January 1, 1970- Bob Cole becomes the first underground rock jock in Nashville as he begins a regular progressive rock show on WKDA-FM. The show was featured nightly from 10 pm to 5 am. Cole’s show was a stark contrast to the automated elevator-type music that had been featured on the station since it went on the air in December of 1966. However, a huge fan base developed quickly for this underground format- and it became an instant hit! It also became an instant hit with advertisers trying to reach the teen market. One of the first to commit was Coca-Cola.

February 23, 1970- Shock waves are sent flying through the Nashville radio community when it was announced that WKDA-AM, which had dominated Top 40 radio in Nashville for many years, was switching its format to country music. In making the announcement, WKDA General Manager Al Greenfield stressed the need for a 24-hour station to play the “very modern Nashville sound.” Up until this time, WSM was not committed to a full-time country format; and WENO radio, the only other country station in town, signed off every night at midnight. It was also announced that WKDA-FM would be formatting the station with the recently-introduced underground rock music. These major changes were set to take effect by late March.

1971- The Stahlman Building is sold to Metro Government. Metro Mayor Beverly Briley praises the building as “one of the real downtown landmarks.” The 12th floor continues to be the studio home to WKDA AM-FM, but Metro announces plans to house some departments there.

October 31, 1971- It was announced that construction had begun to build a new 500-foot tower for WKDA AM-FM. The tower was being constructed on the same site where the original 340-foot tower was built in latter part of 1946.

March 5, 1972- WKDA-FM announced that it was turning up the power. The station was going from 20,000 watts in mono to 100,000 watts in two and four-channel stereo. WKDA-FM Program Director Ron Huntsman announced that this plan had been in the making for the past two years. Huntsman said the listening area would now be extended as far east as Cookeville; north past and including Bowling Green, Kentucky; south to Pulaski; and west to Waverly. It was also announced that WKDA’s first four-channel stereo broadcast was set for 10 pm, March 6th.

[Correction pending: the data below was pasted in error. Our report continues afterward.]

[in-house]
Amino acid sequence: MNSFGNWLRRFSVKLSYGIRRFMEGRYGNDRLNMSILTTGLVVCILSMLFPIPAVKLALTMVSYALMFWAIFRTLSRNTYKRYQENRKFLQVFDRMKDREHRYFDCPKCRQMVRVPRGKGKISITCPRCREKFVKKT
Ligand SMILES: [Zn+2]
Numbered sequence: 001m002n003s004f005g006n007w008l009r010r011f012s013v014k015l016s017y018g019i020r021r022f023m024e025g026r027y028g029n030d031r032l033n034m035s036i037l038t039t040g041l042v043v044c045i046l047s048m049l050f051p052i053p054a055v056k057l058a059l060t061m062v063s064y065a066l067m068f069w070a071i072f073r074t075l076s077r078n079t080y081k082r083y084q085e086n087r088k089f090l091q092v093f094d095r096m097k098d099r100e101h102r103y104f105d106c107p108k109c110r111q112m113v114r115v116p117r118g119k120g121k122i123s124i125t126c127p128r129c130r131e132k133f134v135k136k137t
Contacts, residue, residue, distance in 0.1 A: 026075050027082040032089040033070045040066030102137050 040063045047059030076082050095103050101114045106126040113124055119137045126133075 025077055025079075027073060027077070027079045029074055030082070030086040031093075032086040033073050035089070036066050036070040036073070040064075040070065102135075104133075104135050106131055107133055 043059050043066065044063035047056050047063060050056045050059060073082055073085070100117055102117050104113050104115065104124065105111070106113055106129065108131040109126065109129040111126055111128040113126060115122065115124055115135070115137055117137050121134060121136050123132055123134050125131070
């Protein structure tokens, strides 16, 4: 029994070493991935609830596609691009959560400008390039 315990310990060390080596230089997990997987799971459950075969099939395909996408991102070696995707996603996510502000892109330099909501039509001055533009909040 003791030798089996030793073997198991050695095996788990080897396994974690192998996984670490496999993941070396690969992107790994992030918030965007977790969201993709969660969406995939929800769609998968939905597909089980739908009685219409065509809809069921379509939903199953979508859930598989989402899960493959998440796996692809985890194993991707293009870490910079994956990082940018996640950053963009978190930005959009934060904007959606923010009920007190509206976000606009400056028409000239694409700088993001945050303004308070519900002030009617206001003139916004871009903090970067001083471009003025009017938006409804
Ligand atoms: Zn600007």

July 18, 1972- James B. Ragan Jr. was appointed Vice President and General Sales Manager at WKDA AM-FM. Jim Ragan was a 19-year veteran in the broadcsting business. He replaced Al Greenfield. It was also announced that Joe Lawless would serve as Program Director at WKDA-AM.

1974- Bob Witkin came to WKDA AM-FM as News Director. He replaced Buddy Sadler, who had left Nashville to accept a news position at KIKK in Houston (Sadler would later return to Nashville and work at WSM). The News Department consisted of: Steve Dickert, who had came to the station in 1972; Ernie Keller, a veteran broadcaster who had spent many years at WSM and WSIX (both Radio and TV); Paul Allen; and Hudson Alexander, who had just joined the news team as a special assignment reporter covering the Metro Police Beat and the summer elections for governor and other offices. When Witkin arrived at the station, one of the first improvements he made was to separate news on the AM and FM stations. Prior to that time, the station’s news had been simulcast.

March 4, 1976- Reports are confirmed that WKDA AM-FM has been sold by Chatham Corporation in Chicago to Dick Broadcasting of Knoxville. The reported sale price is listed at $1.3 million. The principal stockholder in Dick Broadcasting was Jim Dick, who owned WIVK AM-FM in Knoxville.

September 5, 1976- James A. Dick, President of Dick Broadcasting, announces the appointment of Les Acree as new Program Director at WKDA-AM. Acree had previously served as Music Director at WMC in Memphis. Acree is to assume new duties at the station September 13th.